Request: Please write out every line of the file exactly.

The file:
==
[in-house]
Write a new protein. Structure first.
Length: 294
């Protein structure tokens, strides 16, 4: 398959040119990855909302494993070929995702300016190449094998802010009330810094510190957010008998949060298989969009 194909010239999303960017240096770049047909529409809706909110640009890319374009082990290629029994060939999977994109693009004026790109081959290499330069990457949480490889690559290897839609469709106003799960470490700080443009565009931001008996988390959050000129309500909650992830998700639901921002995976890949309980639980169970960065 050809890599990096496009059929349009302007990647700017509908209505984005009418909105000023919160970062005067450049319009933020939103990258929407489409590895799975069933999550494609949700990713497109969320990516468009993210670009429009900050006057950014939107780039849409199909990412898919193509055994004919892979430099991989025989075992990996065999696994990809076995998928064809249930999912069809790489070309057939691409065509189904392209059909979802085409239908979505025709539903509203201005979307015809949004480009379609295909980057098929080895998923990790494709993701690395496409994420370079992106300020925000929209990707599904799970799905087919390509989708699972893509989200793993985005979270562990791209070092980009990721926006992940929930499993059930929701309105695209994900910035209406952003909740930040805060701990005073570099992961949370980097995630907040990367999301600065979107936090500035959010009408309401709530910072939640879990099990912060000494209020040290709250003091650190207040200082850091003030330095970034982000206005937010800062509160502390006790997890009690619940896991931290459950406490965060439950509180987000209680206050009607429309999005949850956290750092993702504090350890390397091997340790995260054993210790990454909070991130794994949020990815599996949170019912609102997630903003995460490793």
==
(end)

[in-house]
Write a new protein. Structure first.
Length: 294
């Protein structure tokens, strides 16, 4: 398959040119990855909302494993070929995702300016190449094998802010009330810094510190957010008998949060298989969009 194909010239999303960017240096770049047909529409809706909110640009890319374009082990290629029994060939999977994109693009004026790109081959290499330069990457949480490889690559290897839609469709106003799960470490700080443009565009931001008996988390959050000129309500909650992830998700639901921002995976890949309980639980169970960065 050809890599990096496009059929349009302007990647700017509908209505984005009418909105000023919160970062005067450049319009933020939103990258929407489409590895799975069933999550494609949700990713497109969320990516468009993210670009429009900050006057950014939107780039849409199909990412898919193509055994004919892979430099991989025989075992990996065999696994990809076995998928064809249930999912069809790489070309057939691409065509189904392209059909979802085409239908979505025709539903509203201005979307015809949004480009379609295909980057098929080895998923990790494709993701690395496409994420370079992106300020925000929209990707599904799970799905087919390509989708699972893509989200793993985005979270562990791209070092980009990721926006992940929930499993059930929701309105695209994900910035209406952003909740930040805060701990005073570099992961949370980097995630907040990367999301600065979107936090500035959010009408309401709530910072939640879990099990912060000494209020040290709250003091650190207040200082850091003030330095970034982000206005937010800062509160502390006790997890009690619940896991931290459950406490965060439950509180987000209680206050009607429309999005949850956290750092993702504090350890390397091997340790995260054993210790990454909070991130794994949020990815599996949170019912609102997630903003995460490793």